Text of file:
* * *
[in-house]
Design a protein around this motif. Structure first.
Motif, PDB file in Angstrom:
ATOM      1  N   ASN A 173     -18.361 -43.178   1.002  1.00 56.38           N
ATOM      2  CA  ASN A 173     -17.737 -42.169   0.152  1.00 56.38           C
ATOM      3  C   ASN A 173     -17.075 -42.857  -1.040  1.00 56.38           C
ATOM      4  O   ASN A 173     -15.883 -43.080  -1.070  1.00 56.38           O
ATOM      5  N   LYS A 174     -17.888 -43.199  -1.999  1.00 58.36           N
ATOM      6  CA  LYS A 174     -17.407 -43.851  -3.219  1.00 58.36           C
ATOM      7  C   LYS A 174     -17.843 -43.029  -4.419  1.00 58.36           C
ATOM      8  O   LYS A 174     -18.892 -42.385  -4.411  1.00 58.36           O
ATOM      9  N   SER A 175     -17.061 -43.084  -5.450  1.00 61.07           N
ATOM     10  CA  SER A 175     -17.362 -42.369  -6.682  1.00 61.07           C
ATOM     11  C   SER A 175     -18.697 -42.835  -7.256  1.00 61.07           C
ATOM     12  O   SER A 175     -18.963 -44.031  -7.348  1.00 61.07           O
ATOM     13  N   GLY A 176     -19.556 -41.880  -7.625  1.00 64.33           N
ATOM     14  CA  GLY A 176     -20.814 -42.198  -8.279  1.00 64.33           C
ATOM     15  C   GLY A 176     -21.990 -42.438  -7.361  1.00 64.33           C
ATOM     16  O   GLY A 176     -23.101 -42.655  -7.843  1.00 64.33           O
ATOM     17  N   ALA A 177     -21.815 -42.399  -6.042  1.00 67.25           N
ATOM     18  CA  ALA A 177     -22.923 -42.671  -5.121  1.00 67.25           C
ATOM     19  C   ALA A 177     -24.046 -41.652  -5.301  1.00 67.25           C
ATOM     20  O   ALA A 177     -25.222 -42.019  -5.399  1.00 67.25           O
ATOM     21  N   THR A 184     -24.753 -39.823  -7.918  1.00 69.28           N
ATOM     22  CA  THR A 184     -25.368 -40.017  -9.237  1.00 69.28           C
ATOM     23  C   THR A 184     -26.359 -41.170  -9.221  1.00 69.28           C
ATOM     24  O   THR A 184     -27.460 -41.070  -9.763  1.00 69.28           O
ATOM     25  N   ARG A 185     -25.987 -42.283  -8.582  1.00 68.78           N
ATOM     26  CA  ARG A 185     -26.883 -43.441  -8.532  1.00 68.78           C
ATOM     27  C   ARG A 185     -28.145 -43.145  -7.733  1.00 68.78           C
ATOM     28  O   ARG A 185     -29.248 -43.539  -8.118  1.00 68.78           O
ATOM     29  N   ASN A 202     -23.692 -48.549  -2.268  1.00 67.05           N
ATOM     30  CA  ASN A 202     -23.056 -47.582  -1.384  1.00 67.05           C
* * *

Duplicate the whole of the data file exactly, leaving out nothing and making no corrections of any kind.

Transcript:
[in-house]
Design a protein around this motif. Structure first.
Motif, PDB file in Angstrom:
ATOM      1  N   ASN A 173     -18.361 -43.178   1.002  1.00 56.38           N
ATOM      2  CA  ASN A 173     -17.737 -42.169   0.152  1.00 56.38           C
ATOM      3  C   ASN A 173     -17.075 -42.857  -1.040  1.00 56.38           C
ATOM      4  O   ASN A 173     -15.883 -43.080  -1.070  1.00 56.38           O
ATOM      5  N   LYS A 174     -17.888 -43.199  -1.999  1.00 58.36           N
ATOM      6  CA  LYS A 174     -17.407 -43.851  -3.219  1.00 58.36           C
ATOM      7  C   LYS A 174     -17.843 -43.029  -4.419  1.00 58.36           C
ATOM      8  O   LYS A 174     -18.892 -42.385  -4.411  1.00 58.36           O
ATOM      9  N   SER A 175     -17.061 -43.084  -5.450  1.00 61.07           N
ATOM     10  CA  SER A 175     -17.362 -42.369  -6.682  1.00 61.07           C
ATOM     11  C   SER A 175     -18.697 -42.835  -7.256  1.00 61.07           C
ATOM     12  O   SER A 175     -18.963 -44.031  -7.348  1.00 61.07           O
ATOM     13  N   GLY A 176     -19.556 -41.880  -7.625  1.00 64.33           N
ATOM     14  CA  GLY A 176     -20.814 -42.198  -8.279  1.00 64.33           C
ATOM     15  C   GLY A 176     -21.990 -42.438  -7.361  1.00 64.33           C
ATOM     16  O   GLY A 176     -23.101 -42.655  -7.843  1.00 64.33           O
ATOM     17  N   ALA A 177     -21.815 -42.399  -6.042  1.00 67.25           N
ATOM     18  CA  ALA A 177     -22.923 -42.671  -5.121  1.00 67.25           C
ATOM     19  C   ALA A 177     -24.046 -41.652  -5.301  1.00 67.25           C
ATOM     20  O   ALA A 177     -25.222 -42.019  -5.399  1.00 67.25           O
ATOM     21  N   THR A 184     -24.753 -39.823  -7.918  1.00 69.28           N
ATOM     22  CA  THR A 184     -25.368 -40.017  -9.237  1.00 69.28           C
ATOM     23  C   THR A 184     -26.359 -41.170  -9.221  1.00 69.28           C
ATOM     24  O   THR A 184     -27.460 -41.070  -9.763  1.00 69.28           O
ATOM     25  N   ARG A 185     -25.987 -42.283  -8.582  1.00 68.78           N
ATOM     26  CA  ARG A 185     -26.883 -43.441  -8.532  1.00 68.78           C
ATOM     27  C   ARG A 185     -28.145 -43.145  -7.733  1.00 68.78           C
ATOM     28  O   ARG A 185     -29.248 -43.539  -8.118  1.00 68.78           O
ATOM     29  N   ASN A 202     -23.692 -48.549  -2.268  1.00 67.05           N
ATOM     30  CA  ASN A 202     -23.056 -47.582  -1.384  1.00 67.05           C